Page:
Making Resolutions You Can Keep

This is an example of an article written by Jim Feldman for a publication or newsletter. Jim is an author, keynote speaker and consultant who writes and speaks about Change Management, Customer Service and Innovative Problem Solving. Contact us about using Jim as an author, interview or speaker at 312-527-9111.

Atlas, it's time for your bath
photo credit: woodleywonderworks

About six months ago we all made New Year Resolutions. The problem with most of them is that here we are half way through the year, and now they are forgotten or simply ignored. Instead or resolutions, may I suggest an “I Owe Me”? Think of it as a promissory note to yourself, since most resolutions are broken, but promissory notes are not.

Outline the terms and conditions that will be met. Since it is a promissory note, you need to think of it as the same type of promise you make to the bank. They will foreclose if you do not pay it. To be effective, your “I Owe Me” likewise needs a penalty that is meaningful.

In addition, when you make a promise to the bank they ask you many questions. Usually among them are: “Why do you want to take on this obligation?” “What is the realistic period in which you can repay it?” “What will be the benefit to you?” Be sure to ask yourself the same kinds of questions before you decide on your “I Owe Me.” For me, the most important question is a simple one: “What am I going to do differently tomorrow that will get me better results than I got yesterday?”

Many of the promissory notes we sign to ourselves are not realistic. As I thought about the “resolutions” I made in the past, I recalled how often I promised, “…to lose 100 pounds” But I could never keep that resolution, because it was so daunting. Every day when I reminded myself of that resolution, I subconsciously reminded myself of how long and hard it would be to keep it. I had set myself up to fail.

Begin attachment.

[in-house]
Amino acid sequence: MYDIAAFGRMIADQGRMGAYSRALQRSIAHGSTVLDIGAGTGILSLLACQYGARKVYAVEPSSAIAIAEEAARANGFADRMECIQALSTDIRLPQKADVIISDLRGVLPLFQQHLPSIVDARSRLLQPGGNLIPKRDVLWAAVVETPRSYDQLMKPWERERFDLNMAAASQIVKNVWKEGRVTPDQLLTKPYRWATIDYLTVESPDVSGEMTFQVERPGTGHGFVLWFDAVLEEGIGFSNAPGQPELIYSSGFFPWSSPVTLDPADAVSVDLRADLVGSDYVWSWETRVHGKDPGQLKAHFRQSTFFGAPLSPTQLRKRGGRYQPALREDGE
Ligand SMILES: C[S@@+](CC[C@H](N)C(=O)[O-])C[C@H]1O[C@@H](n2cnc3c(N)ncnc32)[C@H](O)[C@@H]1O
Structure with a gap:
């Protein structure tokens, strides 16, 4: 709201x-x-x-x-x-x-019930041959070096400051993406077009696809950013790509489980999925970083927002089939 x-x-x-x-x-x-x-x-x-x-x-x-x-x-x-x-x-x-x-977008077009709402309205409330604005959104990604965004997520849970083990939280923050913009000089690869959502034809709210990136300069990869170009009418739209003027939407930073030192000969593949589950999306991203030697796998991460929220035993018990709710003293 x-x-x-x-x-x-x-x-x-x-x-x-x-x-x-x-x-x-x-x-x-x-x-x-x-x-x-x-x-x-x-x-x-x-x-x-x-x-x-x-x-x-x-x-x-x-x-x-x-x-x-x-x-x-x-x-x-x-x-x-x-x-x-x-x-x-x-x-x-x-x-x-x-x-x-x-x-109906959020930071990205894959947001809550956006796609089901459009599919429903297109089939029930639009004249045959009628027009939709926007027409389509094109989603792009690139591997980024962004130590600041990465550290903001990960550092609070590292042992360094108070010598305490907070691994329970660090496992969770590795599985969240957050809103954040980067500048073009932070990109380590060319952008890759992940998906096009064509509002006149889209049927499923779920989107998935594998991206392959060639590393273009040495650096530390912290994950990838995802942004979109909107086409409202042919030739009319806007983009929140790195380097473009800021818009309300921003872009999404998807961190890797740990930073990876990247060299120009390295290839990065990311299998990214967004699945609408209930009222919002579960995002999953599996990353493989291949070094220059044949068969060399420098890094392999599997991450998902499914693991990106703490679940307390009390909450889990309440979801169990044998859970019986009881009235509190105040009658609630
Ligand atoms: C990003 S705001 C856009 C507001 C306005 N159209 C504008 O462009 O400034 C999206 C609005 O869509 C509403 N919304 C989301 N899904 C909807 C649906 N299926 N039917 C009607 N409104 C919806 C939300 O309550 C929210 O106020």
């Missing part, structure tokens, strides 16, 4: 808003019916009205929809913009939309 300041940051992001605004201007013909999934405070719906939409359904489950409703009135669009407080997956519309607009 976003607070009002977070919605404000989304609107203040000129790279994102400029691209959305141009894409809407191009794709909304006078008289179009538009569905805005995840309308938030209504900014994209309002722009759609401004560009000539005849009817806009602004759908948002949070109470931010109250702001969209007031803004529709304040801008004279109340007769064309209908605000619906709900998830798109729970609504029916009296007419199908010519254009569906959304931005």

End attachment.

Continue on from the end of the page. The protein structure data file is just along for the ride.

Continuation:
I was looking solely at the end point, rather than thinking of ways to get me to that ultimate goal. I had to stop trying to do it all at once. I needed smaller “I Owe Me’s,” things that would be achievable in the short term. Instead of losing “x” number of pounds, why not reduce my calorie intake by 100 calories a day? Instead of exercising 30 minutes a day, how about starting by just moving more? Park the car further away from the entrance to the grocery store. Get up and walk to down the hall instead of using the intercom to talk to a colleague. Use the stairs instead of taking the elevator two flights.

Once I started moving more and eating less, I saw results. I was losing weight. Not much, perhaps, at the start, but the weight was beginning to come off and, more important, to stay off. That encouraged me to increase my exercise and decrease my calorie intake even more. Eventually I did lose that first 100 pounds, and at least another 100 since.

Do you create resolutions that cannot be attained? Do you reach for goals that are so audacious that you cannot achieve them?

To succeed and grow, of course, we need to test a few radical ideas and create some audacious goals. But it is the smaller accomplishments that help us reach the larger goals. So, along with those big ideas and goals, you need to identify smaller objectives, so you can see incremental progress and rewards that encourage you to continue towards the larger goal.

The bank requires monthly repayments, do they not? They do not wait for a year before asking for their money back. In fact, they want some of it back within the first 30 days, and then every 30 days thereafter.